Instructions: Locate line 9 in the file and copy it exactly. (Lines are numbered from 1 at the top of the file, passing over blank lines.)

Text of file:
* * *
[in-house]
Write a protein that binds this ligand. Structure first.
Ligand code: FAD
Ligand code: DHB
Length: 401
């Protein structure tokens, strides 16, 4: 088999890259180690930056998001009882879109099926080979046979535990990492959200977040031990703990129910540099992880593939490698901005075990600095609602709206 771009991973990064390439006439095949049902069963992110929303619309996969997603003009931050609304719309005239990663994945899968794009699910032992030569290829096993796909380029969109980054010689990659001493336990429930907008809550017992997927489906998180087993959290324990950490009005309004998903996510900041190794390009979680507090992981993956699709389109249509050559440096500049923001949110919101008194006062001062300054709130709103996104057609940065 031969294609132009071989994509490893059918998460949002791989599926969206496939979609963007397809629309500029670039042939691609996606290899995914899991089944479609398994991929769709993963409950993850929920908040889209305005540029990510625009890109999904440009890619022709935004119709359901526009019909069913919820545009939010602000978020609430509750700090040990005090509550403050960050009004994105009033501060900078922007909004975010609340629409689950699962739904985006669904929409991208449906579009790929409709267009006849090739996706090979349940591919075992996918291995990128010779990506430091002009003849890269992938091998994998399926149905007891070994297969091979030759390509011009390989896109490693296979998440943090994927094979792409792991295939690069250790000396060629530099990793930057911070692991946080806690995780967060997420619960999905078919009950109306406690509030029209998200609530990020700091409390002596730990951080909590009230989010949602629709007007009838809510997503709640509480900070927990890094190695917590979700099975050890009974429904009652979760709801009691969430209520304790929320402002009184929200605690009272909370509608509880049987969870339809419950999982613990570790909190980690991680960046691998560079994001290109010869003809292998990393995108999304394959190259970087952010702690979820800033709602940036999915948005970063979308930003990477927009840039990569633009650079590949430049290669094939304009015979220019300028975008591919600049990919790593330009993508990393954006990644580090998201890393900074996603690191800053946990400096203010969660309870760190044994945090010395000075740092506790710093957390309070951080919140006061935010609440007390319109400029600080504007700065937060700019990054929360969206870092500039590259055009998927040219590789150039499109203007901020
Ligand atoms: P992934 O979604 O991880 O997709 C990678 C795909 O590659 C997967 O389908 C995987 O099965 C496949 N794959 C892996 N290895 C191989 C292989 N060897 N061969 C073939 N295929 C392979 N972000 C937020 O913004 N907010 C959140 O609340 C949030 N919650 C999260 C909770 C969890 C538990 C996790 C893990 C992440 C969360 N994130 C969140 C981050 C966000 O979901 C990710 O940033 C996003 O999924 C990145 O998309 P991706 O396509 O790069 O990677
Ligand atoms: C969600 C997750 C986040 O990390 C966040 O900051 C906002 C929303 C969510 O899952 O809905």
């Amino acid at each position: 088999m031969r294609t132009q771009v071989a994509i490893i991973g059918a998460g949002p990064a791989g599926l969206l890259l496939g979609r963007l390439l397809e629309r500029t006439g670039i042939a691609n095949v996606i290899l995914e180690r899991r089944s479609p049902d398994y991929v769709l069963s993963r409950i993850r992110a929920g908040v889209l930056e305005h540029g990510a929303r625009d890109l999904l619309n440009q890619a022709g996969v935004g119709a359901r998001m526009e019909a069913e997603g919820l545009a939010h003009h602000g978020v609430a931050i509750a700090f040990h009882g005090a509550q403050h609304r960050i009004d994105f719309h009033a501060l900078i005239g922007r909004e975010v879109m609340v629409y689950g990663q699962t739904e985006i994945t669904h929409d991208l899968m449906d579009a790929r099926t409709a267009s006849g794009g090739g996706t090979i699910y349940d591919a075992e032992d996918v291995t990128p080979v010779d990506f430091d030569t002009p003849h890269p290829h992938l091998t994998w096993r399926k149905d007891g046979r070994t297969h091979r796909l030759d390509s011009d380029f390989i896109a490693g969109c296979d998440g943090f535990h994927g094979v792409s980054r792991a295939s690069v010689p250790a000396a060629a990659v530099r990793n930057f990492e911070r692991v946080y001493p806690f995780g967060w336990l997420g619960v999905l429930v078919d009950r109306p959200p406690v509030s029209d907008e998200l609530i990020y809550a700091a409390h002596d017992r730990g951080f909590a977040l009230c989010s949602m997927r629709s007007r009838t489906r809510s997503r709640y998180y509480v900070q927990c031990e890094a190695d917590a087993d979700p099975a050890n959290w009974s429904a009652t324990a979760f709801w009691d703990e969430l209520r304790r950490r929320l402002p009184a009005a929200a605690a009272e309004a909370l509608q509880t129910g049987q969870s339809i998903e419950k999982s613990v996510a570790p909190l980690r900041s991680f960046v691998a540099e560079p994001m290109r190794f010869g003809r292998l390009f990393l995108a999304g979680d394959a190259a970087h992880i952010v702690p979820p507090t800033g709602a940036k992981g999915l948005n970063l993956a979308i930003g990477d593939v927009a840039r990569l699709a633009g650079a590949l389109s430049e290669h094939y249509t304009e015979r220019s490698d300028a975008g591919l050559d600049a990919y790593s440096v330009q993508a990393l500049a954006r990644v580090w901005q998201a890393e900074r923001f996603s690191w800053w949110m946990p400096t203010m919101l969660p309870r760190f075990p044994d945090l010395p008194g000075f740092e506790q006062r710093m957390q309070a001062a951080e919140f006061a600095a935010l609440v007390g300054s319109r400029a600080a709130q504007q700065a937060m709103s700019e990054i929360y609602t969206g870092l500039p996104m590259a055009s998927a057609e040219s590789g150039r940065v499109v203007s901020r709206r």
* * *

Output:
């Amino acid at each position: 088999m031969r294609t132009q771009v071989a994509i490893i991973g059918a998460g949002p990064a791989g599926l969206l890259l496939g979609r963007l390439l397809e629309r500029t006439g670039i042939a691609n095949v996606i290899l995914e180690r899991r089944s479609p049902d398994y991929v769709l069963s993963r409950i993850r992110a929920g908040v889209l930056e305005h540029g990510a929303r625009d890109l999904l619309n440009q890619a022709g996969v935004g119709a359901r998001m526009e019909a069913e997603g919820l545009a939010h003009h602000g978020v609430a931050i509750a700090f040990h009882g005090a509550q403050h609304r960050i009004d994105f719309h009033a501060l900078i005239g922007r909004e975010v879109m609340v629409y689950g990663q699962t739904e985006i994945t669904h929409d991208l899968m449906d579009a790929r099926t409709a267009s006849g794009g090739g996706t090979i699910y349940d591919a075992e032992d996918v291995t990128p080979v010779d990506f430091d030569t002009p003849h890269p290829h992938l091998t994998w096993r399926k149905d007891g046979r070994t297969h091979r796909l030759d390509s011009d380029f390989i896109a490693g969109c296979d998440g943090f535990h994927g094979v792409s980054r792991a295939s690069v010689p250790a000396a060629a990659v530099r990793n930057f990492e911070r692991v946080y001493p806690f995780g967060w336990l997420g619960v999905l429930v078919d009950r109306p959200p406690v509030s029209d907008e998200l609530i990020y809550a700091a409390h002596d017992r730990g951080f909590a977040l009230c989010s949602m997927r629709s007007r009838t489906r809510s997503r709640y998180y509480v900070q927990c031990e890094a190695d917590a087993d979700p099975a050890n959290w009974s429904a009652t324990a979760f709801w009691d703990e969430l209520r304790r950490r929320l402002p009184a009005a929200a605690a009272e309004a909370l509608q509880t129910g049987q969870s339809i998903e419950k999982s613990v996510a570790p909190l980690r900041s991680f960046v691998a540099e560079p994001m290109r190794f010869g003809r292998l390009f990393l995108a999304g979680d394959a190259a970087h992880i952010v702690p979820p507090t800033g709602a940036k992981g999915l948005n970063l993956a979308i930003g990477d593939v927009a840039r990569l699709a633009g650079a590949l389109s430049e290669h094939y249509t304009e015979r220019s490698d300028a975008g591919l050559d600049a990919y790593s440096v330009q993508a990393l500049a954006r990644v580090w901005q998201a890393e900074r923001f996603s690191w800053w949110m946990p400096t203010m919101l969660p309870r760190f075990p044994d945090l010395p008194g000075f740092e506790q006062r710093m957390q309070a001062a951080e919140f006061a600095a935010l609440v007390g300054s319109r400029a600080a709130q504007q700065a937060m709103s700019e990054i929360y609602t969206g870092l500039p996104m590259a055009s998927a057609e040219s590789g150039r940065v499109v203007s901020r709206r």